An Unofficial ColdFusion Developer Salary Survey

Do you know the present salary rate for ColdFusion developers?

Once there was an Unofficial ColdFusion Developer Salary Survey page somewhere on the net. It was very handy the few times I needed it. I went looking for it today and discovered that the page is dead. I turned to dice.com and monster.com to find current ColdFusion developer salary information, and the pay, according to those sites, varies from minimum wage to more than $125,000 per year. Most of job postings are careful not to mention salary at all, while others posts offer rates for senior developers that are lower than the rates offered for entry level positions. Very confusing. I think it would be immensely useful to all of us if we had a better understanding of the market rate for ColdFusion developers.

I have created a new Unofficial ColdFusion Developer Salary Survey page. All you have to do is enter your current figures, how much you think you are really worth, and then hit the Enter key.

  Top Salary of ColdFusion Developers in US is $312,000.00 and average salary is $83,586.00

CFM Experience (Years)
Country
Permanent Contract
Current Gross Salary (Including Bonus+) What you're worth? (Expected Rate)
$ Annual Salary
$ Hourly Rate
My Job Security
Low Good Excellent
Job Satisfaction
Low Good Excellent
Do You Have a Second Job?
No Yes
$ Annually
$ Hourly

Results

Country Only The Latest 100 Record Displayed. Download Full Results
Experience Years Annual Salary I'm worth Location Position Job Security Job Satisfaction Second Job Date
10 104,000 US FL Contract Mar/2017
20 107,000 US AL Permanent Feb/2017
15 52,000 US Contract Jan/2017
1 79,040 US CO Contract Jan/2017
11 49,000 65,000 US PA Permanent Nov/2016
10 80,000 US NV Contract Nov/2016
10 70,122 95,000 US NV Permanent Nov/2016
4 36,000 US NY Permanent Sep/2016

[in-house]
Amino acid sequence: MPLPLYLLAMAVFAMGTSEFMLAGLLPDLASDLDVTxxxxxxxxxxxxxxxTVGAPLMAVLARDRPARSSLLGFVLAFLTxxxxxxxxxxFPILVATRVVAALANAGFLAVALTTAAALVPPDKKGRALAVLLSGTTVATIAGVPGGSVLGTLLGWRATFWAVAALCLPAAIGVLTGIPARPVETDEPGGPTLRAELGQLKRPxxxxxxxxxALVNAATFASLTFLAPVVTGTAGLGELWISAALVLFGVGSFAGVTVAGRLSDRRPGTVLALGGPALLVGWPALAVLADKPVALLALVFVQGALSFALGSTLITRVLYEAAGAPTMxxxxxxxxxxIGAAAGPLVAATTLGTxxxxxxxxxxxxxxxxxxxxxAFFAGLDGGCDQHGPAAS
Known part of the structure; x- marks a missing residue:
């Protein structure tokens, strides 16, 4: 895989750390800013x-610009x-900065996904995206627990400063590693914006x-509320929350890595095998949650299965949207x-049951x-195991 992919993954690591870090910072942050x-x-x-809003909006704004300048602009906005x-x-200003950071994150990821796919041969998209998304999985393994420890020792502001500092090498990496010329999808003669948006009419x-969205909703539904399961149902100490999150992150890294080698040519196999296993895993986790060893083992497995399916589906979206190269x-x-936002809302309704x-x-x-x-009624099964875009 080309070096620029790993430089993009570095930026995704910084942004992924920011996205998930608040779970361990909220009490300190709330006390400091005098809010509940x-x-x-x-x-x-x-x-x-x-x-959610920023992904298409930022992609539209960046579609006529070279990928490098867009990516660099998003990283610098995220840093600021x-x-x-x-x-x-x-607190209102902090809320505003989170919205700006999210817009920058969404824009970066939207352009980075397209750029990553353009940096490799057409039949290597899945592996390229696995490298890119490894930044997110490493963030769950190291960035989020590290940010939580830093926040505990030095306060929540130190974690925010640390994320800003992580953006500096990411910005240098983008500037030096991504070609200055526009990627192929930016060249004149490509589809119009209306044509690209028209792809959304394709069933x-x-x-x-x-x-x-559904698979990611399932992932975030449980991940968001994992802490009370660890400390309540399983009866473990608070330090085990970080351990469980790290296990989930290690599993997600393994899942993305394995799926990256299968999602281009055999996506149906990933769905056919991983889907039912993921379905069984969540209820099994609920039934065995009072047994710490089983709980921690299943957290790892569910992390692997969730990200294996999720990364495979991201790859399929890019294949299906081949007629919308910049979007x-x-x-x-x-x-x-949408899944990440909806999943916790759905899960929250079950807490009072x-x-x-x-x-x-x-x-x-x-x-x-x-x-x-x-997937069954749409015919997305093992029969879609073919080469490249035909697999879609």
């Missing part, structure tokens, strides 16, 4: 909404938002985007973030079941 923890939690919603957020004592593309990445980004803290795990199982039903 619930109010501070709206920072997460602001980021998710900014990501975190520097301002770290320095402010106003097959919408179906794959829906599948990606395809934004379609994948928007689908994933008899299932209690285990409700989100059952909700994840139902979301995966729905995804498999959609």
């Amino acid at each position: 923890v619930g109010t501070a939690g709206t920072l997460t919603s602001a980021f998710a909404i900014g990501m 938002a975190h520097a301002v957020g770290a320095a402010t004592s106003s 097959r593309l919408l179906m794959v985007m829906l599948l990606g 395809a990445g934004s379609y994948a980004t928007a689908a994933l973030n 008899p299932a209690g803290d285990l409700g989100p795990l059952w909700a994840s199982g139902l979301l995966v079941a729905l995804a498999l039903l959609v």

9 87,000 US FL Permanent Sep/2016
10 100,000 US TN Contract Aug/2016
3 68,640 80,000 US CA Permanent Jun/2016
1 95,680 US GA Contract Jun/2016
1 93,600 US GA Permanent Jun/2016
20 166,400 US IL Contract Apr/2016
11 105,000 140,000 US VA Permanent Apr/2016
6 97,760 US CA Permanent Mar/2016
5 78,000 US FL Permanent Feb/2016
18 120,640 104,000 US MD Permanent Jan/2016
15 140,000 145,000 US NC Permanent Jan/2016
15 113,000 US NC Permanent Jan/2016
17 63,000 90,000 US NY Permanent Jan/2016
16 106,000 US IL Permanent Jan/2016
12 100,000 US TX Contract Jan/2016
10 85,000 100,000 US MN Permanent Jan/2016
19 100,000 125,000 US MN Permanent Jan/2016
3 62,000 US IL Permanent Jan/2016
3 65,000 US NC Permanent Jan/2016
6 80,000 US WA Permanent Jan/2016
10 87,000 US VA Permanent Jan/2016
20 114,000 US VA Permanent Jan/2016
10 40,000 US NC Contract Jan/2016
3 67,500 US VA Permanent Jan/2016
18 156,000 US NY Permanent Jan/2016
9 97,000 US NY Permanent Jan/2016
10 120,000 US PA Contract Nov/2015
12 115,000 US CA Permanent Nov/2015
1 36,000 75,000 US OH Permanent Oct/2015
10 100,000 110,000 US CA Permanent Oct/2015
5 85,000 US CA Permanent Oct/2015
1 58,760 US NJ Permanent Sep/2015
13 187,200 US NE Contract Aug/2015
12 97,000 US IL Permanent Jul/2015
8 101,000 180,000 US IA Permanent Jul/2015
3 29,000 60,000 US KS Permanent Jul/2015
8 75,000 US TX Permanent Jul/2015